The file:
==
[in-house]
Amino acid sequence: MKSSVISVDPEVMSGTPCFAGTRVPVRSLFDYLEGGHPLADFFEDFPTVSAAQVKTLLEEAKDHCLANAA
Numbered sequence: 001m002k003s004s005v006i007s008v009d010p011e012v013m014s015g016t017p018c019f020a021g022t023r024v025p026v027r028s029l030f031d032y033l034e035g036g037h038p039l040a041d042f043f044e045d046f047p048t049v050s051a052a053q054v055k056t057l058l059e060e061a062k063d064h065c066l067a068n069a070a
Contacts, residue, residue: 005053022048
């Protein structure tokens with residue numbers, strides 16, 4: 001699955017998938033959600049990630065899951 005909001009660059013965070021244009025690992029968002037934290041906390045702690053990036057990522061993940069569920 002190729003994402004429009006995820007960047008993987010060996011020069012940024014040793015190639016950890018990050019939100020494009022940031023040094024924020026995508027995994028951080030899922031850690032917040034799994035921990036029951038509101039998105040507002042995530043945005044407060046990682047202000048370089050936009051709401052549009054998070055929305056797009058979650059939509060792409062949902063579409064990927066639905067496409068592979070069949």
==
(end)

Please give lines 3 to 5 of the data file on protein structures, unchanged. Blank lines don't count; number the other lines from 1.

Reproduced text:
Numbered sequence: 001m002k003s004s005v006i007s008v009d010p011e012v013m014s015g016t017p018c019f020a021g022t023r024v025p026v027r028s029l030f031d032y033l034e035g036g037h038p039l040a041d042f043f044e045d046f047p048t049v050s051a052a053q054v055k056t057l058l059e060e061a062k063d064h065c066l067a068n069a070a
Contacts, residue, residue: 005053022048
């Protein structure tokens with residue numbers, strides 16, 4: 001699955017998938033959600049990630065899951 005909001009660059013965070021244009025690992029968002037934290041906390045702690053990036057990522061993940069569920 002190729003994402004429009006995820007960047008993987010060996011020069012940024014040793015190639016950890018990050019939100020494009022940031023040094024924020026995508027995994028951080030899922031850690032917040034799994035921990036029951038509101039998105040507002042995530043945005044407060046990682047202000048370089050936009051709401052549009054998070055929305056797009058979650059939509060792409062949902063579409064990927066639905067496409068592979070069949």